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How To Master Your Email In 2014

This is the year you take control of your inbox. Conquer it in just five easy steps.

Posted on January 21, 2014, at 7:25 a.m. ET

Almost everyone is bad at email.

It shows up in a number of ways: the number of unread emails in your inbox. The amount of time you're wasting on email. Or just the total frustration that email causes you.

But here's the good news: You can get better at email. It's really easy — and it starts with these five simple steps:

1. Filter every single thing that comes into your inbox.

Your goal should be simple: When you open your inbox, all you should see are emails from family, friends, and important co-workers. Everything else should be filtered into an another folder or category.

If you've got Gmail, then using the Priority Inbox can help keep all your emails in the right place. There's simply no reason for Facebook notifications or LinkedIn updates to clog your main inbox.

(But the bad news: The Priority Inbox isn't available for most mobile devices.)

Other popular clients, like Yahoo or Outlook, also make it easy for you to filter emails into specific folders, which will keep your inbox uncluttered. (Here's how to filter on Yahoo, and here's how to do it in Outlook.)

2. Don't respond faster — just shorter.

Most people spend too long composing emails, and that just leads to a backlog of emails to deal with.

So respond faster. Some emails only require a few words. (Amazon's Jeff Bezos is famous for responding to emails with as little a question mark.) It's rare that an email really needs to go longer than five to seven sentences.

The shorter the response, the less time you'll spend dealing with your inbox.

There are also tools to help you process email faster. One of the best is Boomerang, which lets you schedule emails for later and hide emails from your inbox for as long as you want.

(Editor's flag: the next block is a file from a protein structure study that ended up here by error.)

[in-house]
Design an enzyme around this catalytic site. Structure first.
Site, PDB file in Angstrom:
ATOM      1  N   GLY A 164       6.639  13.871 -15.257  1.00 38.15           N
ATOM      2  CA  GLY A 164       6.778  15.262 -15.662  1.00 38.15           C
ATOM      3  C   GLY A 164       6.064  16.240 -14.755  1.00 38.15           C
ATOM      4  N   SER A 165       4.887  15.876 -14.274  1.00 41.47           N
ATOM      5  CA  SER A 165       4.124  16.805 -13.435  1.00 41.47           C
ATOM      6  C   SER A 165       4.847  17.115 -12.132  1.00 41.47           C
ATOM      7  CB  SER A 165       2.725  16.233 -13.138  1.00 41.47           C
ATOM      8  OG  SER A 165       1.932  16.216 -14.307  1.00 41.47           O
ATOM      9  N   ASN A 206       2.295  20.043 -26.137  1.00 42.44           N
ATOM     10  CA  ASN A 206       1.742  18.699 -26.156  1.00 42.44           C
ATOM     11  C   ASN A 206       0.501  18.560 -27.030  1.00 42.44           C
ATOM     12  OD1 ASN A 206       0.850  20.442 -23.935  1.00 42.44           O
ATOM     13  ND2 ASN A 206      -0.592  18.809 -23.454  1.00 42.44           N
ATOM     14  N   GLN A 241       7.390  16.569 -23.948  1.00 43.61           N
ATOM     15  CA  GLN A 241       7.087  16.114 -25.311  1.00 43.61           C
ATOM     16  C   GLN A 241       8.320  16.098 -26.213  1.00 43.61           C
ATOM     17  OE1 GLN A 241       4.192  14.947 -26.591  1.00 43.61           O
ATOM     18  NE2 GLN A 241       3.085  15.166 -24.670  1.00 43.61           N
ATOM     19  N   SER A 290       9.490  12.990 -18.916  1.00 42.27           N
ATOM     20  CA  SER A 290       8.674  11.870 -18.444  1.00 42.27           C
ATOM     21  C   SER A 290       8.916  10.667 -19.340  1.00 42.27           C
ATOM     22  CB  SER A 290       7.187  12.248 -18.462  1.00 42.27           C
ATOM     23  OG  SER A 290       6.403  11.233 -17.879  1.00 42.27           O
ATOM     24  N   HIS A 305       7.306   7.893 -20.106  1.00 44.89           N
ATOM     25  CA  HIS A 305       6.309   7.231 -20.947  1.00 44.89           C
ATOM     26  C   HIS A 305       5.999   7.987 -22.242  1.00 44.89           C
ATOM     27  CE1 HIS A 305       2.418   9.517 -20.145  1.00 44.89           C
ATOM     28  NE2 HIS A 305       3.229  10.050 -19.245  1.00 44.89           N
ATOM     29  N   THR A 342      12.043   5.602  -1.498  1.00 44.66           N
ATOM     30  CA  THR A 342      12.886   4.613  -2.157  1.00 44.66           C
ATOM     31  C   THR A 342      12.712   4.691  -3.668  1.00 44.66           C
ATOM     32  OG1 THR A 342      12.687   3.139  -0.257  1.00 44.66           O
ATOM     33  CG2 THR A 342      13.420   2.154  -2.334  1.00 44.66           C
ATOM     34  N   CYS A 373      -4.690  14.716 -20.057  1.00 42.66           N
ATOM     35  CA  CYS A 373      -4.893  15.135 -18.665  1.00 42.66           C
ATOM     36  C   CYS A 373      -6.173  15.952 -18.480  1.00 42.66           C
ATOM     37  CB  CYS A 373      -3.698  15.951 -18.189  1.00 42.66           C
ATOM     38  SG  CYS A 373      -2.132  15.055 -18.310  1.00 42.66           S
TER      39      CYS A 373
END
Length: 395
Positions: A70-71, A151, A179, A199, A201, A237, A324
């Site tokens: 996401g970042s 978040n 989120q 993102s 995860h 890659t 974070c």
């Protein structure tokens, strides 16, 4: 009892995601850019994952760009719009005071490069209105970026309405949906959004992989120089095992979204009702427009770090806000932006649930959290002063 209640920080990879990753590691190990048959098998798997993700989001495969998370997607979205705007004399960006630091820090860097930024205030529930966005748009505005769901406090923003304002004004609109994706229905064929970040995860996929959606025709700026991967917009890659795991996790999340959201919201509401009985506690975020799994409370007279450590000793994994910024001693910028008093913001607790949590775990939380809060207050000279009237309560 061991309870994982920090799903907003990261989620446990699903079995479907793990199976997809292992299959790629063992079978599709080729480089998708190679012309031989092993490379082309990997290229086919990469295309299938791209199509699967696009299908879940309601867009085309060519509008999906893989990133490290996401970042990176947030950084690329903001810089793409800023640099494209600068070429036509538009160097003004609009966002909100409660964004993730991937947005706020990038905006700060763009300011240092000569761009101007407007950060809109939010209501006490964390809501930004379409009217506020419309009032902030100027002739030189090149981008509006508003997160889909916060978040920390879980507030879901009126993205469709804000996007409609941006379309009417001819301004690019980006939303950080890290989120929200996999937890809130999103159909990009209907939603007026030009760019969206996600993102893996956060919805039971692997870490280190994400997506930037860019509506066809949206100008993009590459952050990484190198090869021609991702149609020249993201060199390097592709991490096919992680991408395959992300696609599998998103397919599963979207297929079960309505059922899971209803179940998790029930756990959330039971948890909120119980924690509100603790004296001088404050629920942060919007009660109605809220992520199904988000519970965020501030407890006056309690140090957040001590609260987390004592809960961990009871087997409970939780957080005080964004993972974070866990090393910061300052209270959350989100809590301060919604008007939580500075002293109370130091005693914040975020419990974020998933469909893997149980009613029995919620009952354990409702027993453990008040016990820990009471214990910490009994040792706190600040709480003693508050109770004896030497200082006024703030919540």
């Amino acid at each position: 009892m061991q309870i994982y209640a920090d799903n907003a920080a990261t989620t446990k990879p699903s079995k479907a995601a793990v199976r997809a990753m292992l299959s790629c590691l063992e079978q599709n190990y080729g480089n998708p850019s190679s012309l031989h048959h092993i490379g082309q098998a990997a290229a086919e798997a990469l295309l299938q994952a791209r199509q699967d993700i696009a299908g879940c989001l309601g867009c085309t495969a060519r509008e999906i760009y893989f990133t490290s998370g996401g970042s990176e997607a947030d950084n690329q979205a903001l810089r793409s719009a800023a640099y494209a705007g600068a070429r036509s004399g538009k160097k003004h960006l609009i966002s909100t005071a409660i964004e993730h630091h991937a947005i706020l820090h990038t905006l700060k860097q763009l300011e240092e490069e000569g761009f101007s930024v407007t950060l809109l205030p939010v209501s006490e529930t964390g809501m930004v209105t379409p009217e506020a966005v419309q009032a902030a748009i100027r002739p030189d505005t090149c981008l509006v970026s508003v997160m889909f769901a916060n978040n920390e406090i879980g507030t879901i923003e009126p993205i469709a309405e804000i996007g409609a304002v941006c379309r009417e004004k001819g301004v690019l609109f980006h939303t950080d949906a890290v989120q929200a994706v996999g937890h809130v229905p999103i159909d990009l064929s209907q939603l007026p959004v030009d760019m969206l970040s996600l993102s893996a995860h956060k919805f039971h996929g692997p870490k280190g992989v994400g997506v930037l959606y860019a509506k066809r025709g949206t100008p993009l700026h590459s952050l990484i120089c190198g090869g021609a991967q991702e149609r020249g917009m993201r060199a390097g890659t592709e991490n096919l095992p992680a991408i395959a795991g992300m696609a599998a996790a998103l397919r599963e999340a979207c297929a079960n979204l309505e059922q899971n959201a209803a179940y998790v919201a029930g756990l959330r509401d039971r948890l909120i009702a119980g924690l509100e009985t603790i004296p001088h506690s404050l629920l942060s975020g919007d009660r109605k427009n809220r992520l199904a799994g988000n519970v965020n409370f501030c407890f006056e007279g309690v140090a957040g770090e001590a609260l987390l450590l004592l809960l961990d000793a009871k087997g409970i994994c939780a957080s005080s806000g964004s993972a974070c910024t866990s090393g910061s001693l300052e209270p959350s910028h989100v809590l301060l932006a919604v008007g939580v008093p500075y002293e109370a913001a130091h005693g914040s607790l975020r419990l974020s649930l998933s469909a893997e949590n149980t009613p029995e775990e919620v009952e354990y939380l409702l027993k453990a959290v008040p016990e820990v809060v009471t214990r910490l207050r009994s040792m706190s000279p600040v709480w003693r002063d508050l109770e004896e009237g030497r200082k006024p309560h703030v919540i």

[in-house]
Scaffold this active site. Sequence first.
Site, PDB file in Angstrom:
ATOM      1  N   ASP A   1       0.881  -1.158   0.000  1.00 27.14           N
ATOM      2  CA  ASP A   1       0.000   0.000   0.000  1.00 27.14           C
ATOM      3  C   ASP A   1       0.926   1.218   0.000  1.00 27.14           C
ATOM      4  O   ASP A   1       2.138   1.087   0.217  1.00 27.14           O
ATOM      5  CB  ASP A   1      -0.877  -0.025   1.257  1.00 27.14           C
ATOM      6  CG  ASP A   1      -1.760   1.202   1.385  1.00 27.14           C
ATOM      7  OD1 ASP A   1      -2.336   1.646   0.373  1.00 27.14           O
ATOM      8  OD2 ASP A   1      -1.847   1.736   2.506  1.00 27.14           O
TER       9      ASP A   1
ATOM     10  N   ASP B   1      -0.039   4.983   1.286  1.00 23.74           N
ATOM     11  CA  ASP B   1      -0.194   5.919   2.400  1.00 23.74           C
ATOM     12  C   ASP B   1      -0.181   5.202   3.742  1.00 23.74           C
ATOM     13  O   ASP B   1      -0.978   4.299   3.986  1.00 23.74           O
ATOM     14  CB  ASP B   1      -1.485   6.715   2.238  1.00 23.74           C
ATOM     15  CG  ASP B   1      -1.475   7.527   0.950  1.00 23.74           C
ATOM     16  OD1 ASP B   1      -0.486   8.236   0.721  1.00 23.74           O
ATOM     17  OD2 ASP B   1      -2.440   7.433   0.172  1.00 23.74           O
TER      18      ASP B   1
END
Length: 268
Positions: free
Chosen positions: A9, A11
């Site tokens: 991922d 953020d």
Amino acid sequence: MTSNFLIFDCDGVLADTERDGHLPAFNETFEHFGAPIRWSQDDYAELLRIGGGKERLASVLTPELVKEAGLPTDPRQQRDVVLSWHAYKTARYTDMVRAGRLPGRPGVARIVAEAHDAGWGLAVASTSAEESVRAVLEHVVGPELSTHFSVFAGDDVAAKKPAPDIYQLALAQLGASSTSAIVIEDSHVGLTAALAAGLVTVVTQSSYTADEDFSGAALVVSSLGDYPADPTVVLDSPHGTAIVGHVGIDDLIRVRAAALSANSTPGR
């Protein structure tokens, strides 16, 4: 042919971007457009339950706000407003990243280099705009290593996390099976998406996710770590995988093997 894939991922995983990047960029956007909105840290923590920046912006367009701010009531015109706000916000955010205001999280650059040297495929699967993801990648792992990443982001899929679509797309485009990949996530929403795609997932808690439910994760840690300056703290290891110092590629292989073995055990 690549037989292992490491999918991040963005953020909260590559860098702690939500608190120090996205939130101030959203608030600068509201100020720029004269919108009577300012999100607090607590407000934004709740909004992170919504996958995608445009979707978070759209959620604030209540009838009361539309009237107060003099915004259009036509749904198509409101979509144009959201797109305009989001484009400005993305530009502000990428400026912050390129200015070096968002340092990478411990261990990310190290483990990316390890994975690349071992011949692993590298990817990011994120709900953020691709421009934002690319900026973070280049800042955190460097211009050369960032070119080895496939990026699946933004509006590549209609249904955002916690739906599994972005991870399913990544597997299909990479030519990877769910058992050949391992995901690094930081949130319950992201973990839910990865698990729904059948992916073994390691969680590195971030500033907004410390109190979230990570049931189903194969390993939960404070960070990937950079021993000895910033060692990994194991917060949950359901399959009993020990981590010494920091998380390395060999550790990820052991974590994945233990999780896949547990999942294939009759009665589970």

3. Stop using your inbox as a to-do list.

This is one of the biggest mistakes that people make on email. If you've got tasks to complete, use an app like TeuxDeux or Todoist — or a notebook — to keep track of your to-do list. But don't leave emails in your inbox that are supposed to remind you to do something. They'll get lost as new emails flood into your inbox, and then you'll forget about them.

The inbox does not work as a to-do list, and trying to use it to keep track of your tasks is an easy way to get completely overwhelmed by email.

4. Stop emailing people on your phone.

You can quote me on this: You never need to answer an email on your phone, and anyone who tells you otherwise is either:

A) Wrong, or

B) Your boss (And in this case, your boss is also wrong).

Your goal for 2014 should be to move through email efficiently. But here's the thing: Your phone's where you go to be distracted. You go there to waste time on Facebook, or to text a friend, or to read a story you saved for later. Your phone is one giant distraction machine.

What makes you think that you would be efficient with email on your phone?

Don't email on your phone. Save your emails for when you sit down at a computer and can give the inbox your complete focus. The minute you turn email off on your phone is the minute you rediscover some of your sanity.

And if you do have to get email on your phone, by all means, turn off email notifications. Those notifications will add up and drive you crazy.

Dan Oshinsky / BuzzFeed

5. Unsubscribe from absolutely everything that is not necessary.

Do you subscribe to a lot of email newsletters? Here's a simple fix: You should unsubscribe from almost all of them.

Most of those newsletters and notification emails aren't essential — and if it's not essential, it doesn't belong in your inbox anymore.

If you use a tool like, it'll scan all of your newsletters, and let you one-click unsubscribe from the ones you don't want. (It'll also let you combine several other newsletters into a daily digest, which will keep even more clutter out of your inbox.)

A BuzzFeed News investigation, in partnership with the International Consortium of Investigative Journalists, based on thousands of documents the government didn't want you to see.